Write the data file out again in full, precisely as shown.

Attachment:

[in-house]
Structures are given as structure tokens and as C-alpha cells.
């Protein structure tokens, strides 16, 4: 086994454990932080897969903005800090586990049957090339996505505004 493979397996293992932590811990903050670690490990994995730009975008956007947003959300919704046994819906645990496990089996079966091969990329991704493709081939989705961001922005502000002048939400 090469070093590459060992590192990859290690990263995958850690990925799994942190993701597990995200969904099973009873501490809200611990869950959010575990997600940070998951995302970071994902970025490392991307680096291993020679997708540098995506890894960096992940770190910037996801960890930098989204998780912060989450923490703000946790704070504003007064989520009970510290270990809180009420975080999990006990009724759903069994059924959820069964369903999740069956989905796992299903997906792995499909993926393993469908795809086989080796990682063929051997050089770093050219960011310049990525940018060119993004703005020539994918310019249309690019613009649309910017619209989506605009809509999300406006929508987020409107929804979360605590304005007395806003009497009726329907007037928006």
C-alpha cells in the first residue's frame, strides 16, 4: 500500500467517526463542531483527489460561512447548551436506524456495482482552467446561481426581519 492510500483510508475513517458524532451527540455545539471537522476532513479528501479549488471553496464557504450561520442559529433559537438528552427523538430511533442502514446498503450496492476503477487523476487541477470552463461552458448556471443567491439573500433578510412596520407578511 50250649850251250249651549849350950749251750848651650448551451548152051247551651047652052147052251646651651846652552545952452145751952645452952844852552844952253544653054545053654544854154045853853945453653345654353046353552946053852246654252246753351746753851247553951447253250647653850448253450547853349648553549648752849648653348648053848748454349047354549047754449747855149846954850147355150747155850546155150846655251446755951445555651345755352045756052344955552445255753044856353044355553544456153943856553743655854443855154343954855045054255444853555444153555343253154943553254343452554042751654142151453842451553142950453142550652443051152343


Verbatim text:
[in-house]
Structures are given as structure tokens and as C-alpha cells.
């Protein structure tokens, strides 16, 4: 086994454990932080897969903005800090586990049957090339996505505004 493979397996293992932590811990903050670690490990994995730009975008956007947003959300919704046994819906645990496990089996079966091969990329991704493709081939989705961001922005502000002048939400 090469070093590459060992590192990859290690990263995958850690990925799994942190993701597990995200969904099973009873501490809200611990869950959010575990997600940070998951995302970071994902970025490392991307680096291993020679997708540098995506890894960096992940770190910037996801960890930098989204998780912060989450923490703000946790704070504003007064989520009970510290270990809180009420975080999990006990009724759903069994059924959820069964369903999740069956989905796992299903997906792995499909993926393993469908795809086989080796990682063929051997050089770093050219960011310049990525940018060119993004703005020539994918310019249309690019613009649309910017619209989506605009809509999300406006929508987020409107929804979360605590304005007395806003009497009726329907007037928006």
C-alpha cells in the first residue's frame, strides 16, 4: 500500500467517526463542531483527489460561512447548551436506524456495482482552467446561481426581519 492510500483510508475513517458524532451527540455545539471537522476532513479528501479549488471553496464557504450561520442559529433559537438528552427523538430511533442502514446498503450496492476503477487523476487541477470552463461552458448556471443567491439573500433578510412596520407578511 50250649850251250249651549849350950749251750848651650448551451548152051247551651047652052147052251646651651846652552545952452145751952645452952844852552844952253544653054545053654544854154045853853945453653345654353046353552946053852246654252246753351746753851247553951447253250647653850448253450547853349648553549648752849648653348648053848748454349047354549047754449747855149846954850147355150747155850546155150846655251446755951445555651345755352045756052344955552445255753044856353044355553544456153943856553743655854443855154343954855045054255444853555444153555343253154943553254343452554042751654142151453842451553142950453142550652443051152343